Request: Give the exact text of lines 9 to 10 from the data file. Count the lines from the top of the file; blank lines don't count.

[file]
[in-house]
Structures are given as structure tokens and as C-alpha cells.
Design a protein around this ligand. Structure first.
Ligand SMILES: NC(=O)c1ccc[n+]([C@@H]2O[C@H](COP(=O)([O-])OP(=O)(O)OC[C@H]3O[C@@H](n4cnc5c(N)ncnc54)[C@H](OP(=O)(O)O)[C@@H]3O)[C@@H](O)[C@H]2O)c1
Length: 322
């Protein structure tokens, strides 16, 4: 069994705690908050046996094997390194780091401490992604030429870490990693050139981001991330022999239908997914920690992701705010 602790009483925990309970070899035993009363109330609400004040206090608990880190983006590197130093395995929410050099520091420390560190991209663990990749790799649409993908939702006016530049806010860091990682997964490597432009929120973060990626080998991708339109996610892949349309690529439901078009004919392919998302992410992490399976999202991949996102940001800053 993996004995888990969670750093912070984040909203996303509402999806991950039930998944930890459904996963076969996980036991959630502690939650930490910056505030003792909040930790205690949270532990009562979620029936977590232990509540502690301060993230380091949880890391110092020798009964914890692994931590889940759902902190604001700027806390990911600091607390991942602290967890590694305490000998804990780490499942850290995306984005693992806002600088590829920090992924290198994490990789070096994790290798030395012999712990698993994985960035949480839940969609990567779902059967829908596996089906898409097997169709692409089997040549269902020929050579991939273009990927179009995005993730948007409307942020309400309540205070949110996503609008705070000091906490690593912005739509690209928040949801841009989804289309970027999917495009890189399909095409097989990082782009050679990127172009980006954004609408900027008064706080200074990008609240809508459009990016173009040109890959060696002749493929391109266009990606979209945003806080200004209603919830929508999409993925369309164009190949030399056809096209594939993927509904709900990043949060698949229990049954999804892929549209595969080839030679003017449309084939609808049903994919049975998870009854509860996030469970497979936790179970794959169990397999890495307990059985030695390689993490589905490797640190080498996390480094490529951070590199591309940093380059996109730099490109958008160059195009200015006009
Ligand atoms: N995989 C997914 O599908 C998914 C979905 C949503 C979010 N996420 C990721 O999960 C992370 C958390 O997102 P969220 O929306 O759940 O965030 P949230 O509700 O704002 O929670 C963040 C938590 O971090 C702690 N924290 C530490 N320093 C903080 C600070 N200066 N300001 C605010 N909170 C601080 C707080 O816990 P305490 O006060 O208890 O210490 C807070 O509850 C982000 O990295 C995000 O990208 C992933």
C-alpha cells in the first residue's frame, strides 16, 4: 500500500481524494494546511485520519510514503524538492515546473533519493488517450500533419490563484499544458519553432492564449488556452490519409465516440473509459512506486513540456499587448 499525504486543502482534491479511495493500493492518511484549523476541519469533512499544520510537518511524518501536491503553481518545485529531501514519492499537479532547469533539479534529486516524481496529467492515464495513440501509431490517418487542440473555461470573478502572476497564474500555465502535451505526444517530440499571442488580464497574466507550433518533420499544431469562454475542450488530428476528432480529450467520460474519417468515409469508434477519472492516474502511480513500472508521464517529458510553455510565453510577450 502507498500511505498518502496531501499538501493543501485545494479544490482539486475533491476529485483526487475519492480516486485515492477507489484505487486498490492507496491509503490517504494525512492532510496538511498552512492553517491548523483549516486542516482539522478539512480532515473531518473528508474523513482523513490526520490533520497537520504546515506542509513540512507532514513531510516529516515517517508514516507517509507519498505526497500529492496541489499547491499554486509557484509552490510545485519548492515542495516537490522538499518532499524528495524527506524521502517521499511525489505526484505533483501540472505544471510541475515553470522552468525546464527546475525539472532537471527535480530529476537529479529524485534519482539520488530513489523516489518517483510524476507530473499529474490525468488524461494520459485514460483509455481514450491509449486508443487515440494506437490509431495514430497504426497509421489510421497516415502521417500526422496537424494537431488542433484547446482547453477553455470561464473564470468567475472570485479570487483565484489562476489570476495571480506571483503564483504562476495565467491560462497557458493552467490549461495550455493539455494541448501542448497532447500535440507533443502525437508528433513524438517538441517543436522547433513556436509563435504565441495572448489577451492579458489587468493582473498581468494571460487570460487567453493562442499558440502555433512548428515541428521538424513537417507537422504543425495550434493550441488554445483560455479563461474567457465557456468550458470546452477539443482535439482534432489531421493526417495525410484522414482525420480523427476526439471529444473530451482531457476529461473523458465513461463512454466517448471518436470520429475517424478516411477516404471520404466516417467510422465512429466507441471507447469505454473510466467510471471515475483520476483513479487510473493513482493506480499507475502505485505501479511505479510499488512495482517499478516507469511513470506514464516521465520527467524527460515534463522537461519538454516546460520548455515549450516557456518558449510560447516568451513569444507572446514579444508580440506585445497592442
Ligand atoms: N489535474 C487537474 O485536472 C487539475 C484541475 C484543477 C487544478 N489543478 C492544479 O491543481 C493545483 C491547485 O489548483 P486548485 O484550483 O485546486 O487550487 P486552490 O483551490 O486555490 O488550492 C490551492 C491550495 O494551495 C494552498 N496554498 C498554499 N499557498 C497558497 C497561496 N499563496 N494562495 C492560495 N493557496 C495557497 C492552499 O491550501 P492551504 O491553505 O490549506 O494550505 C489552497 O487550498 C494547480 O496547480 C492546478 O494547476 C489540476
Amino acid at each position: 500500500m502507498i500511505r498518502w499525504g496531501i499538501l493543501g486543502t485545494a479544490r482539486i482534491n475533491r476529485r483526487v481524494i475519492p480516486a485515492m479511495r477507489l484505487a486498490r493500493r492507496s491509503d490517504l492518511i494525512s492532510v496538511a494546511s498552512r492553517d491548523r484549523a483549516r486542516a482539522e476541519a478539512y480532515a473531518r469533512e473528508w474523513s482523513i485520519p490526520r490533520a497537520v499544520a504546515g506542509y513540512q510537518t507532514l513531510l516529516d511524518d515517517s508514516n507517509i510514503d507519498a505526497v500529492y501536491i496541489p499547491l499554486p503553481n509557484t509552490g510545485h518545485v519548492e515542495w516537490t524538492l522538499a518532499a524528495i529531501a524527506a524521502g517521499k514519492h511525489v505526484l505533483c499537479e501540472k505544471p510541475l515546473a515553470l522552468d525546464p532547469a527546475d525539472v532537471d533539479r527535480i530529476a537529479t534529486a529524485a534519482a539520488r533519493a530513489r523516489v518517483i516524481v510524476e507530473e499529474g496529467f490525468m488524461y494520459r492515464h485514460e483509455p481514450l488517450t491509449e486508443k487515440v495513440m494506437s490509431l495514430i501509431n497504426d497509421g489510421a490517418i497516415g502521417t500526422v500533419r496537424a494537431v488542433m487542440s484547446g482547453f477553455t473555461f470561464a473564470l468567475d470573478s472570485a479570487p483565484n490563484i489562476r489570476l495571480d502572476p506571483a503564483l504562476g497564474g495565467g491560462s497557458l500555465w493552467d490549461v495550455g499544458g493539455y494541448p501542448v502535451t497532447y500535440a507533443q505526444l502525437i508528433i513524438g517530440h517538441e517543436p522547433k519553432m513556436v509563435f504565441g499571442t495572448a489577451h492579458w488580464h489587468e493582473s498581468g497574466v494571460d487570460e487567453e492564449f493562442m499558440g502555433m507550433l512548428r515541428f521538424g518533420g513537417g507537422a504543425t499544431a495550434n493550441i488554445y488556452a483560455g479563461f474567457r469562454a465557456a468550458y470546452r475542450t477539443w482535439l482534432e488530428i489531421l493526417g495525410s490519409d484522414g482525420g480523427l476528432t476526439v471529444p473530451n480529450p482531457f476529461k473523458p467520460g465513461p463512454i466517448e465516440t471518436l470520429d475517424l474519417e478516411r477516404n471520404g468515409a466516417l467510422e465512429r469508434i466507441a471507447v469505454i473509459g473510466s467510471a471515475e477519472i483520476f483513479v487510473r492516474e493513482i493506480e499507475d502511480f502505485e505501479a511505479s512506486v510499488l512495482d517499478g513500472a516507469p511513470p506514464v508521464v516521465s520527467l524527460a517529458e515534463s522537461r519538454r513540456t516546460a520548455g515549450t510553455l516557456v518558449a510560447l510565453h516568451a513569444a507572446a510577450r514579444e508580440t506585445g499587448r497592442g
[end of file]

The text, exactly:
Ligand atoms: N489535474 C487537474 O485536472 C487539475 C484541475 C484543477 C487544478 N489543478 C492544479 O491543481 C493545483 C491547485 O489548483 P486548485 O484550483 O485546486 O487550487 P486552490 O483551490 O486555490 O488550492 C490551492 C491550495 O494551495 C494552498 N496554498 C498554499 N499557498 C497558497 C497561496 N499563496 N494562495 C492560495 N493557496 C495557497 C492552499 O491550501 P492551504 O491553505 O490549506 O494550505 C489552497 O487550498 C494547480 O496547480 C492546478 O494547476 C489540476
Amino acid at each position: 500500500m502507498i500511505r498518502w499525504g496531501i499538501l493543501g486543502t485545494a479544490r482539486i482534491n475533491r476529485r483526487v481524494i475519492p480516486a485515492m479511495r477507489l484505487a486498490r493500493r492507496s491509503d490517504l492518511i494525512s492532510v496538511a494546511s498552512r492553517d491548523r484549523a483549516r486542516a482539522e476541519a478539512y480532515a473531518r469533512e473528508w474523513s482523513i485520519p490526520r490533520a497537520v499544520a504546515g506542509y513540512q510537518t507532514l513531510l516529516d511524518d515517517s508514516n507517509i510514503d507519498a505526497v500529492y501536491i496541489p499547491l499554486p503553481n509557484t509552490g510545485h518545485v519548492e515542495w516537490t524538492l522538499a518532499a524528495i529531501a524527506a524521502g517521499k514519492h511525489v505526484l505533483c499537479e501540472k505544471p510541475l515546473a515553470l522552468d525546464p532547469a527546475d525539472v532537471d533539479r527535480i530529476a537529479t534529486a529524485a534519482a539520488r533519493a530513489r523516489v518517483i516524481v510524476e507530473e499529474g496529467f490525468m488524461y494520459r492515464h485514460e483509455p481514450l488517450t491509449e486508443k487515440v495513440m494506437s490509431l495514430i501509431n497504426d497509421g489510421a490517418i497516415g502521417t500526422v500533419r496537424a494537431v488542433m487542440s484547446g482547453f477553455t473555461f470561464a473564470l468567475d470573478s472570485a479570487p483565484n490563484i489562476r489570476l495571480d502572476p506571483a503564483l504562476g497564474g495565467g491560462s497557458l500555465w493552467d490549461v495550455g499544458g493539455y494541448p501542448v502535451t497532447y500535440a507533443q505526444l502525437i508528433i513524438g517530440h517538441e517543436p522547433k519553432m513556436v509563435f504565441g499571442t495572448a489577451h492579458w488580464h489587468e493582473s498581468g497574466v494571460d487570460e487567453e492564449f493562442m499558440g502555433m507550433l512548428r515541428f521538424g518533420g513537417g507537422a504543425t499544431a495550434n493550441i488554445y488556452a483560455g479563461f474567457r469562454a465557456a468550458y470546452r475542450t477539443w482535439l482534432e488530428i489531421l493526417g495525410s490519409d484522414g482525420g480523427l476528432t476526439v471529444p473530451n480529450p482531457f476529461k473523458p467520460g465513461p463512454i466517448e465516440t471518436l470520429d475517424l474519417e478516411r477516404n471520404g468515409a466516417l467510422e465512429r469508434i466507441a471507447v469505454i473509459g473510466s467510471a471515475e477519472i483520476f483513479v487510473r492516474e493513482i493506480e499507475d502511480f502505485e505501479a511505479s512506486v510499488l512495482d517499478g513500472a516507469p511513470p506514464v508521464v516521465s520527467l524527460a517529458e515534463s522537461r519538454r513540456t516546460a520548455g515549450t510553455l516557456v518558449a510560447l510565453h516568451a513569444a507572446a510577450r514579444e508580440t506585445g499587448r497592442g